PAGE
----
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Biosystems. 2008 Jan;91(1):216-30. Epub 2007 Oct 2.

Rule-based computing system for microbial interactions and communications: evolution in virtual bacterial populations.

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Department of Computer Science, Ashton Building, University of Liverpool, Liverpool L69 3BX, United Kingdom.


We have developed a novel rule-based computing system of microbial interactions and communications, referred to as COSMIC-Rules, for simulating evolutionary processes within populations of virtual bacteria. The model incorporates three levels: the bacterial genome, the bacterial cell and an environment inhabited by such cells. The virtual environment in COSMIC-Rules can contain multiple substances, whose relative toxicity or nutrient status is specified by the genome of the bacterium. Each substance may be distributed uniformly or in a user-defined manner. The organisms in COSMIC-Rules possess individually-defined physical locations, size, cell division status and genomes. Genes and/or gene systems are represented by abstractions that may summate sometimes complex phenotypes. Central to COSMIC-Rules is a simplified representation of bacterial species, each containing a functional genome including, where desired, extrachromosomal elements such as plasmids and/or bacteriophages. A widely applicable computer representation of biological recognition systems based on bit string matching is essential to the model. This representation permits, for example, the modelling of protein-protein interactions, receptor-ligand interactions and DNA-DNA transactions. COSMIC-Rules is intended to inform studies on bacterial adaptation and evolution, and to predict behaviour of populations of pathogenic bacteria and their viruses. The framework is constructed for parallel execution across a large number of machines and efficiently utilises a 64 processor development cluster. It will run on any Grid system and has successfully tested simulations with millions of bacteria, of multiple species and utilising multiple substrates. The model may be used for large-scale simulations where a genealogical record for individual organisms is required.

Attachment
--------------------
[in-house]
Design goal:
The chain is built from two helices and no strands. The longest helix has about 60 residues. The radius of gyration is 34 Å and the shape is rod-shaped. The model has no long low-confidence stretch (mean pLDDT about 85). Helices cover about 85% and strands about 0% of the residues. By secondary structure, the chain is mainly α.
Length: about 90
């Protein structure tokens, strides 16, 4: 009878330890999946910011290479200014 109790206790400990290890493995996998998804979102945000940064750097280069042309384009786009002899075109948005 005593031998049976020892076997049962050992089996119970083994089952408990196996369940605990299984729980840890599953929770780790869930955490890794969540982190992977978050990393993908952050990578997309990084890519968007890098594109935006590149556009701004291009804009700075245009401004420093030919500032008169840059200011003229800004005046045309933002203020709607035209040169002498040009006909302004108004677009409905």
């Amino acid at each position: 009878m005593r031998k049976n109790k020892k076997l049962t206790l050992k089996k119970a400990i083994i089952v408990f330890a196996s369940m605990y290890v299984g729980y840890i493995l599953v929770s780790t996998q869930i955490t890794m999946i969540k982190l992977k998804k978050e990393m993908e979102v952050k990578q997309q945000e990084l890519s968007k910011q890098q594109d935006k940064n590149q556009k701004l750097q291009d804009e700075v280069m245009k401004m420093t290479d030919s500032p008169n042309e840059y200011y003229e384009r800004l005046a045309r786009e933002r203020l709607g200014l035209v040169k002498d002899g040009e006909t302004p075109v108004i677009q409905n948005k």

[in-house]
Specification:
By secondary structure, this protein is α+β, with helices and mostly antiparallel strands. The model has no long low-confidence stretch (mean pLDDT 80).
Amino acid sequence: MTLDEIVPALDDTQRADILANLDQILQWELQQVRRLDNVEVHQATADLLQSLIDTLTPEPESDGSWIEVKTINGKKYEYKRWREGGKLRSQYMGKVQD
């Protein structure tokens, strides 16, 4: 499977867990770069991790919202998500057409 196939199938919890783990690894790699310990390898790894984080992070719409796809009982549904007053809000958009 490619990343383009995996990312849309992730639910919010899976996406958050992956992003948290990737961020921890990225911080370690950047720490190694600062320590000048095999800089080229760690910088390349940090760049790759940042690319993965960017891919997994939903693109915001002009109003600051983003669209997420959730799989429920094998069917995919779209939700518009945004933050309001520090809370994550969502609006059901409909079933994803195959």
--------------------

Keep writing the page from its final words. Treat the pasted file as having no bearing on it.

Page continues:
[Indexed for MEDLINE]

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